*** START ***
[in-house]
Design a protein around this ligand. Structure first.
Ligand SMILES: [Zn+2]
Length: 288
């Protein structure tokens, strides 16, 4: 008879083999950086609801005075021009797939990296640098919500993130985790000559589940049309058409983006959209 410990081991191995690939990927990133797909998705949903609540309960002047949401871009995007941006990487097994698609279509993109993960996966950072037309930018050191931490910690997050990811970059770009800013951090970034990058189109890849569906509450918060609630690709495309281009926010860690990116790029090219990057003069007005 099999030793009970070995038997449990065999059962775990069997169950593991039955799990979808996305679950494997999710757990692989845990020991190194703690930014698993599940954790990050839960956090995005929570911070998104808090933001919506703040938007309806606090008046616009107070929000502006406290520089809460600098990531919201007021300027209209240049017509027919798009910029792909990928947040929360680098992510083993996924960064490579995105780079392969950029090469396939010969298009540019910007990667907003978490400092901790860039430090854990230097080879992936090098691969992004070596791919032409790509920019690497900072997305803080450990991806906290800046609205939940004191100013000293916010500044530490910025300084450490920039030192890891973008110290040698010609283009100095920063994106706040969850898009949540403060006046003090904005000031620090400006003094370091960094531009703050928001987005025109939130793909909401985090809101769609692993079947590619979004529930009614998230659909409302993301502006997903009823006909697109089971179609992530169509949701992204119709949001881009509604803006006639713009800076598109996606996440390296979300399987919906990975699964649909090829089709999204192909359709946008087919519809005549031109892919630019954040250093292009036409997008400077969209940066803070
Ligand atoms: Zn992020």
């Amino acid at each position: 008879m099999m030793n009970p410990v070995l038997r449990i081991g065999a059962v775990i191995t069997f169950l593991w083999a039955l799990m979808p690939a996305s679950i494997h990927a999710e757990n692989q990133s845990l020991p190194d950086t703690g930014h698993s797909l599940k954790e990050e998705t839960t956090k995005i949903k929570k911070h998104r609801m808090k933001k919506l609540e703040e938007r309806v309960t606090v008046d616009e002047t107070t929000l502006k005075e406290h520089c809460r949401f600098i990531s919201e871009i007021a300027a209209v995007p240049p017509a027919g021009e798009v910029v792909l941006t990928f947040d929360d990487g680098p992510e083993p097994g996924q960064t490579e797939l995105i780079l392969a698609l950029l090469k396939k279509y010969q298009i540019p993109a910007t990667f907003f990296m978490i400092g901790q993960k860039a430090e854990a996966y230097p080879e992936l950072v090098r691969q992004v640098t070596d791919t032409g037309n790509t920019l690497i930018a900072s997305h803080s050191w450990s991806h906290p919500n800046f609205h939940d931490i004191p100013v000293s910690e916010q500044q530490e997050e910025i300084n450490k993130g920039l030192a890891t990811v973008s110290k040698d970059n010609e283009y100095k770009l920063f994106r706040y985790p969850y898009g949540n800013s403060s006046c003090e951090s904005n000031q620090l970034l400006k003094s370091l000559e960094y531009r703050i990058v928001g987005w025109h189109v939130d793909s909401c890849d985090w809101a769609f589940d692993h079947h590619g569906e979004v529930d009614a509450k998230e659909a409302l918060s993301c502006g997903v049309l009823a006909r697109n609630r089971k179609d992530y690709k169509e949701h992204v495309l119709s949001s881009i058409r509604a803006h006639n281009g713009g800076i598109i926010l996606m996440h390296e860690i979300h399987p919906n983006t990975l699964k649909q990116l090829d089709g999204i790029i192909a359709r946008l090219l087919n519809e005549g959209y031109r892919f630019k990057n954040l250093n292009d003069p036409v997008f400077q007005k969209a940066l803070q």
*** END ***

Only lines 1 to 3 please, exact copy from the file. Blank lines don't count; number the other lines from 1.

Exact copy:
[in-house]
Design a protein around this ligand. Structure first.
Ligand SMILES: [Zn+2]